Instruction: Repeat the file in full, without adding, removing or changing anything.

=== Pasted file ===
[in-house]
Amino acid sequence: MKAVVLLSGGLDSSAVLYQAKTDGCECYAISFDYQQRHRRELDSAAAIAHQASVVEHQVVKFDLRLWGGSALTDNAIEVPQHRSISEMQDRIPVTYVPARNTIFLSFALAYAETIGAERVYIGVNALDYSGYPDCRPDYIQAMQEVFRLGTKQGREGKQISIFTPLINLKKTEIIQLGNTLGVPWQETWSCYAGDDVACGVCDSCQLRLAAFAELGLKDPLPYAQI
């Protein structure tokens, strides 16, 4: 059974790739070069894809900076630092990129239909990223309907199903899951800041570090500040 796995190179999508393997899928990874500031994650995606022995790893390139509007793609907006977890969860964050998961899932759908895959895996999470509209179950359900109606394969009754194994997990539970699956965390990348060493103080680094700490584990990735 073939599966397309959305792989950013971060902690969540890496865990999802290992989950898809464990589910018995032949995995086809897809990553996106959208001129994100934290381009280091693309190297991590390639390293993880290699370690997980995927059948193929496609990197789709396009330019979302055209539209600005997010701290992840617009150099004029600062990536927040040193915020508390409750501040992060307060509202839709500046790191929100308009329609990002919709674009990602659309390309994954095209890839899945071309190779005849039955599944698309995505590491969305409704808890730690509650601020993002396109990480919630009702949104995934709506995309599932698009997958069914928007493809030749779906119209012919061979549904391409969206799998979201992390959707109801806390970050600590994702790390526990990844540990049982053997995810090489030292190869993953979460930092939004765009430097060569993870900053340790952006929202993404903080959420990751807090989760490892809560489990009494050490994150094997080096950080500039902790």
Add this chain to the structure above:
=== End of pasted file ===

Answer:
[in-house]
Amino acid sequence: MKAVVLLSGGLDSSAVLYQAKTDGCECYAISFDYQQRHRRELDSAAAIAHQASVVEHQVVKFDLRLWGGSALTDNAIEVPQHRSISEMQDRIPVTYVPARNTIFLSFALAYAETIGAERVYIGVNALDYSGYPDCRPDYIQAMQEVFRLGTKQGREGKQISIFTPLINLKKTEIIQLGNTLGVPWQETWSCYAGDDVACGVCDSCQLRLAAFAELGLKDPLPYAQI
């Protein structure tokens, strides 16, 4: 059974790739070069894809900076630092990129239909990223309907199903899951800041570090500040 796995190179999508393997899928990874500031994650995606022995790893390139509007793609907006977890969860964050998961899932759908895959895996999470509209179950359900109606394969009754194994997990539970699956965390990348060493103080680094700490584990990735 073939599966397309959305792989950013971060902690969540890496865990999802290992989950898809464990589910018995032949995995086809897809990553996106959208001129994100934290381009280091693309190297991590390639390293993880290699370690997980995927059948193929496609990197789709396009330019979302055209539209600005997010701290992840617009150099004029600062990536927040040193915020508390409750501040992060307060509202839709500046790191929100308009329609990002919709674009990602659309390309994954095209890839899945071309190779005849039955599944698309995505590491969305409704808890730690509650601020993002396109990480919630009702949104995934709506995309599932698009997958069914928007493809030749779906119209012919061979549904391409969206799998979201992390959707109801806390970050600590994702790390526990990844540990049982053997995810090489030292190869993953979460930092939004765009430097060569993870900053340790952006929202993404903080959420990751807090989760490892809560489990009494050490994150094997080096950080500039902790």
Add this chain to the structure above: